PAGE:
Here is an interview with the punk band Lovvers that was published in Vice magazine.
Punk Astrologers save UK live scene
What happened? Last summer it felt like we were on the verge of something great. Bands were being exciting and original and kids were putting on parties in squats and every weekend was like a holiday you wanted to go on forever. A whole year later and we’re stuck with a big fat nothing. Dubstep has become the new breaks for public school boys, the clubs are empty, the line-ups all look the same and bands have gone the lazy route so you end with unspeakable derivative shit that makes you want to eat your hands off like Hadouken. Fortunately, if you look hard enough, you can usually find hope somewhere and as ever it usually comes from a bunch of punks who weren’t really paying attention anyway. As Mika Miko and No Age gave LA a kick up the arse with their riotous sets at The Smell, bands like Lovvers are finally making going to shows in the UK fun again. Four kids from shitty towns across the UK who met in Nottingham, they have managed to force a bunch of influences that should never work together into a scary good live show. Watching Lovvers is like your witnessing Drive Like Jehu play Pavement songs with Darby Crash up front. As unlikely as it sounds that works out so well that their debut 7” with the first thing to sell out on Jonson Family in living memory and the blogger geeks are hailing them as the second coming of Christ appearing nightly on a stage near you.
Wakefield, Coventry, Skelmersdale and Worcester. Jesus. Who has the worst hometown?
Steve (Drums): Worcester and Wakey are awful and even the people that live in Skelmersdale call it Scummersdale. I'd say hands down that I have the best hometown. Coventry is ok.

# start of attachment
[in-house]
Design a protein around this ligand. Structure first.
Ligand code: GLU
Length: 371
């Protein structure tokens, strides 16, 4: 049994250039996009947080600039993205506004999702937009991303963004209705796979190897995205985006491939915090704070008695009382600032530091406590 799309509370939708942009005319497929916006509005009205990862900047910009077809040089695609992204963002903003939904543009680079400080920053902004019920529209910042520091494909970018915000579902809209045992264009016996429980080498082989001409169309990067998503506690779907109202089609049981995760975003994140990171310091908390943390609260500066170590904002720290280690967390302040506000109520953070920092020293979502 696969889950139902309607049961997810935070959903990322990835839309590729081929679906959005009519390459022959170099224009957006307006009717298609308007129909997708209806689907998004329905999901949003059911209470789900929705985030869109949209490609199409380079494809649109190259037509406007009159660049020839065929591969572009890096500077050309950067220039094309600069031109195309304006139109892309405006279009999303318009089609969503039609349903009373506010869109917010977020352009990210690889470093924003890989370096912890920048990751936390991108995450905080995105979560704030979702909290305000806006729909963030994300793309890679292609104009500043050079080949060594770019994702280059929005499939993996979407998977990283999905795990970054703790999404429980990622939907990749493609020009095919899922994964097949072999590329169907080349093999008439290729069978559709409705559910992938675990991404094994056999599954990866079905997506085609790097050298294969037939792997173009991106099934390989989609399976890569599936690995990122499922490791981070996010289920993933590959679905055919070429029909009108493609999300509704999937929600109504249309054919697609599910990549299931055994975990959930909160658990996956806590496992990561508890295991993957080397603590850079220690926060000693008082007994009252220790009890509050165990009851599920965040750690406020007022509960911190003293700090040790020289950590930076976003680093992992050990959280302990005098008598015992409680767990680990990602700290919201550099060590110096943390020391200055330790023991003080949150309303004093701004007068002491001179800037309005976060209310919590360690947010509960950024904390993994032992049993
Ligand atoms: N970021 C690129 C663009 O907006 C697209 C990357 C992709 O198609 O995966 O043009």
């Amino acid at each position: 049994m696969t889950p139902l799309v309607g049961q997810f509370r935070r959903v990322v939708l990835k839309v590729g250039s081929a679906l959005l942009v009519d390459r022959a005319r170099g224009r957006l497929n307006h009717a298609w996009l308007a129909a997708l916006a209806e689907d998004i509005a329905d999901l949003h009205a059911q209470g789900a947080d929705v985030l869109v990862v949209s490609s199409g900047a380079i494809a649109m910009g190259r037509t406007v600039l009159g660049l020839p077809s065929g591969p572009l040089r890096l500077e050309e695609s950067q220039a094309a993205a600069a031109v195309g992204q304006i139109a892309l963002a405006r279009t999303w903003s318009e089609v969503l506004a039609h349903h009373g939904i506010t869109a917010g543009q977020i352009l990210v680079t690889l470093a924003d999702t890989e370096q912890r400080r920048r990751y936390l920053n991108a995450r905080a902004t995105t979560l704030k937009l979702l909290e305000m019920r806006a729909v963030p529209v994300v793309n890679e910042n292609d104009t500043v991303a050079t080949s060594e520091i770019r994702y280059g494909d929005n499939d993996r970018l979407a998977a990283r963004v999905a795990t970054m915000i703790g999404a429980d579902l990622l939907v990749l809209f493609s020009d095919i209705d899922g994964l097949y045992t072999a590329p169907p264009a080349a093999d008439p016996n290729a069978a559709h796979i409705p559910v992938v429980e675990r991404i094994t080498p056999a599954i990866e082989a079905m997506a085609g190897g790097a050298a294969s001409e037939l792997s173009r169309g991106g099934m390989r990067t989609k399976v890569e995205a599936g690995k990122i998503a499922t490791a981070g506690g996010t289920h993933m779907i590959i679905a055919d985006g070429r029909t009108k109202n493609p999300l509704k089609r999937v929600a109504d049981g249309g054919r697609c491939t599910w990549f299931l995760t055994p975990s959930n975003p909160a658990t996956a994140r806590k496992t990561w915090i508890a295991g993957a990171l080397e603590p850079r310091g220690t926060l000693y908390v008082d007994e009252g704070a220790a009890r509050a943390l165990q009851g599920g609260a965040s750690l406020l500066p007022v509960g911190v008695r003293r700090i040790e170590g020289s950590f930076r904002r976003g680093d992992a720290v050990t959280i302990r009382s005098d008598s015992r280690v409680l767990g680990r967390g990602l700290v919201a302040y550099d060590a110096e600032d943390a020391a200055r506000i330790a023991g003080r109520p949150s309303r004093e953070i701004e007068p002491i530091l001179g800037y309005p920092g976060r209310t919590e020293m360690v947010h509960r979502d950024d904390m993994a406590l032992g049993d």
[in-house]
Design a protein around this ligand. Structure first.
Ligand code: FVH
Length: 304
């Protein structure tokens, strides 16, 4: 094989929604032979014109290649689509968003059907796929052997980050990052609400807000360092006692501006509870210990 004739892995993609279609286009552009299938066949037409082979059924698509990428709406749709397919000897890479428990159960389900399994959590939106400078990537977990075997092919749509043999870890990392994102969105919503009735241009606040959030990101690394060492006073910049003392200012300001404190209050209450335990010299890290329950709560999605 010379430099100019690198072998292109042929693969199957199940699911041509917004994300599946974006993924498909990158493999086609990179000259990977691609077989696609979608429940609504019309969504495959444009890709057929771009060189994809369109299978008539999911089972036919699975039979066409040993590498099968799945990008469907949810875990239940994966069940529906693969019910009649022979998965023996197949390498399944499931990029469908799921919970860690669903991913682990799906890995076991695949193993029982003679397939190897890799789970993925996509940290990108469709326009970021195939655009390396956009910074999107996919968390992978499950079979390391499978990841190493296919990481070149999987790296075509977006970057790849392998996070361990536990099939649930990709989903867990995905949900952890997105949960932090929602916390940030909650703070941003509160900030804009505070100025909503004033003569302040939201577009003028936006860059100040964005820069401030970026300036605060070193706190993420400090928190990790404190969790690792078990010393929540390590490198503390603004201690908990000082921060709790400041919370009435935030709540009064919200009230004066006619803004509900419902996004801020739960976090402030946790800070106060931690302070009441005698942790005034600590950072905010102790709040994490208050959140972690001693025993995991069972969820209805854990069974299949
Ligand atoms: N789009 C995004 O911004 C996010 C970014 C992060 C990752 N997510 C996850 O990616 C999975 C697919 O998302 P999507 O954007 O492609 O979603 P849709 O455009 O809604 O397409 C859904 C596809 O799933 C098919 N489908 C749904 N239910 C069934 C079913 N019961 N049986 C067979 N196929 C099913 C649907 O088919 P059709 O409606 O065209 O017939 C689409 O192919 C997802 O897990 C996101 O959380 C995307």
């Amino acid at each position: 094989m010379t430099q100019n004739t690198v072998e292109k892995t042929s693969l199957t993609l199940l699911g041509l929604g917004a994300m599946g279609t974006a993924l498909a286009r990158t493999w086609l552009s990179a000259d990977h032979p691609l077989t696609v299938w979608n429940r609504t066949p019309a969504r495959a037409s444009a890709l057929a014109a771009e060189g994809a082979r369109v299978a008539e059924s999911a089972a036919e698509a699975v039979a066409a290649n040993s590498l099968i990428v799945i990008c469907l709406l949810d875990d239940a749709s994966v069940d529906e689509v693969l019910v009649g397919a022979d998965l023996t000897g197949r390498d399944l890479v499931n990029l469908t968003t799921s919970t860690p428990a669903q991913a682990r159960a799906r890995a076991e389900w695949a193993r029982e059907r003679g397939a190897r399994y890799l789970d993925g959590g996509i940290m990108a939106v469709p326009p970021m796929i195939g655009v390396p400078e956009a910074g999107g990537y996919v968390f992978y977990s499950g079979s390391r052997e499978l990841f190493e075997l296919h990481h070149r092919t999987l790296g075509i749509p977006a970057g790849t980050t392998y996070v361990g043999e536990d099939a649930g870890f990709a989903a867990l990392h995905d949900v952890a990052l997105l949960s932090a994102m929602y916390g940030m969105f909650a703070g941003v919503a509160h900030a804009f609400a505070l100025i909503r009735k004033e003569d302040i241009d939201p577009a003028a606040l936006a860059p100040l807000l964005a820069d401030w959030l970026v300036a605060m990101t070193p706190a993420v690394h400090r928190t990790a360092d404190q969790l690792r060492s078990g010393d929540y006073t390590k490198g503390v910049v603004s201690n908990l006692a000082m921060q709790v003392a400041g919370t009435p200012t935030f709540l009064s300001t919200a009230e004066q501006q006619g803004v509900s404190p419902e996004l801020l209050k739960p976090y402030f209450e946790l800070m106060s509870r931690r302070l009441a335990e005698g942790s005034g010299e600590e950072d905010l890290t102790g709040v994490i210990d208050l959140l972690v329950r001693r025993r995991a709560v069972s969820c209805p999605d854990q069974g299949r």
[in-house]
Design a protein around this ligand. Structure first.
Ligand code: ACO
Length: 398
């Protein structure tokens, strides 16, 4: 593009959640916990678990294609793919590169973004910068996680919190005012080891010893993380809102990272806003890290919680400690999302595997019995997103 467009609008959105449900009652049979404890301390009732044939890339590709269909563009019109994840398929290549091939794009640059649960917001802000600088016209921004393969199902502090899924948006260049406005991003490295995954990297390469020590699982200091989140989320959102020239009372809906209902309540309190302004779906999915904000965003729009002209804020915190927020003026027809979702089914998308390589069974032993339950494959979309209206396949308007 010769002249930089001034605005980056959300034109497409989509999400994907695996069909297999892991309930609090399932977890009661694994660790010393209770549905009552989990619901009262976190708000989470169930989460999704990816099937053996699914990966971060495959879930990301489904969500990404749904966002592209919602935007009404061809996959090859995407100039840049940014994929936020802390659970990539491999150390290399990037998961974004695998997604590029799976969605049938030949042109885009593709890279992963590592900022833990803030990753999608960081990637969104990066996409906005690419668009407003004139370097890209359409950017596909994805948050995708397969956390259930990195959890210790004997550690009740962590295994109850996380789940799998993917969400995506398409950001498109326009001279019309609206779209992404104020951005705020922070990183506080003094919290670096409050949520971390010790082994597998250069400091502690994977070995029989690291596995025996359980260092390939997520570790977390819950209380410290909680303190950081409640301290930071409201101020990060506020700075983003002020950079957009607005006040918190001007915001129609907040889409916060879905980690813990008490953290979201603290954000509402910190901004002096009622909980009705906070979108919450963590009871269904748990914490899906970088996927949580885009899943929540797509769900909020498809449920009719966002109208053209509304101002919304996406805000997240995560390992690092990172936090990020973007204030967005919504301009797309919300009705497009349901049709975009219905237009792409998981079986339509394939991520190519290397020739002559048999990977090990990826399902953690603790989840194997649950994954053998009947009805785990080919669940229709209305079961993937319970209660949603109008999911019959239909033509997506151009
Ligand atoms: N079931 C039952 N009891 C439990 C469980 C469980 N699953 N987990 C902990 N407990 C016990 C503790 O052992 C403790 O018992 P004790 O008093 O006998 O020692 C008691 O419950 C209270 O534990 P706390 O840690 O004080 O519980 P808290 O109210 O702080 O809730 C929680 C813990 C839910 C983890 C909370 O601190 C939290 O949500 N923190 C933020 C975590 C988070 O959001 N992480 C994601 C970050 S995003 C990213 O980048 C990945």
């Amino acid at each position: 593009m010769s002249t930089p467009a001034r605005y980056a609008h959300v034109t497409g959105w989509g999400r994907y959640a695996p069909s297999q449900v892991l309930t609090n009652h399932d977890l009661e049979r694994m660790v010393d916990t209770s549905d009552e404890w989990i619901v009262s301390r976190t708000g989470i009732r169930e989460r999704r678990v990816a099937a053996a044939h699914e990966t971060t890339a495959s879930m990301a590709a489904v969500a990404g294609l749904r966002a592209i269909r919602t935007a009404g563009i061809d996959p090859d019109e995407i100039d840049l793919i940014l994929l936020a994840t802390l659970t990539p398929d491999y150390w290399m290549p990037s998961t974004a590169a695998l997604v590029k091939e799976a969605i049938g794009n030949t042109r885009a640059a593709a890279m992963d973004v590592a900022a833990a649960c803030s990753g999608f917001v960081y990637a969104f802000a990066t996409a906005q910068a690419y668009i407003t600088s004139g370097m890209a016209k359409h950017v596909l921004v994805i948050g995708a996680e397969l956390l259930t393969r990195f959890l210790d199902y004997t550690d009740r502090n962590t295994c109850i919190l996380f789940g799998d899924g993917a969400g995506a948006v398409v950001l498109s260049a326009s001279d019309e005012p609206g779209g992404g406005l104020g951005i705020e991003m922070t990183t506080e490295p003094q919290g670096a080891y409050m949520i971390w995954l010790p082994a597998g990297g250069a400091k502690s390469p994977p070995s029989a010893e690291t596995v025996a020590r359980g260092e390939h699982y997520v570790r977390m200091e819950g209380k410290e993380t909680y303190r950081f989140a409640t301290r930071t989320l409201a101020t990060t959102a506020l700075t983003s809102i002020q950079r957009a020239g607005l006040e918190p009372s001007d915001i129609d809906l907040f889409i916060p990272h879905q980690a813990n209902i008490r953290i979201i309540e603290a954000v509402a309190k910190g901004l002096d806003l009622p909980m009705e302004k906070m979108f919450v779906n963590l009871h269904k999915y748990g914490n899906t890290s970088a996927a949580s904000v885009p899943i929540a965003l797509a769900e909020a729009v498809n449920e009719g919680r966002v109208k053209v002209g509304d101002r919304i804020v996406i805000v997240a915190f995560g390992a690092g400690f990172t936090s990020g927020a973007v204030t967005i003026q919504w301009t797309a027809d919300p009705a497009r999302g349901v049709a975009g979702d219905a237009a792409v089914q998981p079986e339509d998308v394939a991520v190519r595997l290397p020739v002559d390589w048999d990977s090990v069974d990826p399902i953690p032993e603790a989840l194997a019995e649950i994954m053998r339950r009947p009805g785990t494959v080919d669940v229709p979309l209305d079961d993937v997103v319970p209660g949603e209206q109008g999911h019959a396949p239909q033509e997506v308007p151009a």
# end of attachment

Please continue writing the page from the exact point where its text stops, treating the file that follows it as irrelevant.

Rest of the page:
Shaun (Vocals): No way, the only good thing about Coventry is his dog. It has a medical problem with its ass. It keeps popping out. They have had to sew its ass in. I’m not sure where the poo comes out.
I heard you had a pretty rough first week together as a band?
Michael (Bass): After our first gig in Spalding we were driving back to Nottingham and Henry fell asleep at the wheel. We went into a dual carriageway lamppost at 70 miles an hour in a tiny Corsa with all of our gear in the back. We all ended up in hospital with concussion and cuts and bruises and shit apart from Henry who was totally fine. Then a couple of days later Steve got a bit billied and decided to jump off the Trent Bridge because he thought the water looked nice. He hit the bank and shattered both his ankles instead. He couldn’t walk for weeks.
Did you not take these to be pretty bad omens? Like some celestial power was telling you that this band was never going to work out?
Henry (Guitar): I could never believe that a celestial influence was 'cursing' our career, as I have a Grade 1 knowledge of Jyotish, which is a brand of Vedic astrology. This tends to keep me content at all times. My father designed a computer program that takes your birth time and latitude and converts that data into your Jyotish chart. My chart has Jupiter in the main house, which means that I am 'fun loving', 'gregarious' and generally seeking enjoyment over most other things so despite an alteration in the house of health these events did not affect me.
The name is kind of gay. Are you just trying to appeal to faggy indie kids?
Michael: Wouldn’t it have been ‘The’ Lovvers if we were going for that?
Henry: We have a covers band called The Hatters but we have only worked out ‘Parents’ by The Descendents so far.
Lovvers second 7” ‘Near Enough For Jazz’/‘Special Needs’ is available on August 13th from Jonson Family Records.